Posted guiding questions for the tomb lesson include: “What would have been inside the tomb, and why would it need to have been hidden?” Another question asks, “What blocks could be used to represent the contents of the tomb?” This asks students to embody content in the game—an important learning concept. As learning scientist Kylie Peppler notes, “Embodiment is how we learn through gesture or through movement.” When students create worlds in the Minecraft sandbox via their avatars—digital representations of themselves—they can embody concepts that textbooks often present as abstract.

Where to Begin

Rami described adapting a game like Minecraft to the classroom as a journey. “It’s not like you’re all in or not at all,” she said. When using the game, she recommended “leaning on” students, who are likely the experts in the room.

Minecraft: Education Edition has several community resources to support teachers. My Minecraft Journey includes a OneNote notebook to help educators navigate everything from installation of the game to professional growth opportunities. There are lessons on multiplayer, classroom mode, and on how to construct an original lesson. “This takes the fear out by providing concrete tips and best practice procedures,” Rami explained. “But each individual teacher journey is based on their time.”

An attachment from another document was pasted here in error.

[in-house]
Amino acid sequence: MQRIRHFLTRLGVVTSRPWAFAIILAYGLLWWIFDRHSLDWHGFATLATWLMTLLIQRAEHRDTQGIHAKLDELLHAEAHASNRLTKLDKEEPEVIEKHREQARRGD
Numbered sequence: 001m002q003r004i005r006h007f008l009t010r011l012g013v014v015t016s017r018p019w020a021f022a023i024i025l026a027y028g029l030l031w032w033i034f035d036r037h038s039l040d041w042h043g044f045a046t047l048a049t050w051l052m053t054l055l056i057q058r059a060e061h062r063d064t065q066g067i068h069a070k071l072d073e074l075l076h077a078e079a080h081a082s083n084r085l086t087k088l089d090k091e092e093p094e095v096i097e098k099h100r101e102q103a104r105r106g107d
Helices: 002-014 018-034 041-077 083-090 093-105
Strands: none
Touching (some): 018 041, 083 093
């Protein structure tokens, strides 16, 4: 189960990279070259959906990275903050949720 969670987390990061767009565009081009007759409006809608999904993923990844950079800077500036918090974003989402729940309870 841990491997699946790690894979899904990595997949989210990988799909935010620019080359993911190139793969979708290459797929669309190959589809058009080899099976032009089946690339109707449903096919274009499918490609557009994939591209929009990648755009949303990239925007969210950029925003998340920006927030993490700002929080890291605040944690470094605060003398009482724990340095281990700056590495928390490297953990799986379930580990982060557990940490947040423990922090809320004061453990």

Teachers (and students) can tweet to @PlayCraftLearn, join the community, connect with Minecraft mentors in their area, and join in the weekly Twitter chat (Tuesdays at 8:00 p.m. ET) founded by educators Mark Grundel and Garrett Zimmer. There’s also a trial and a tutorial to help teachers get started.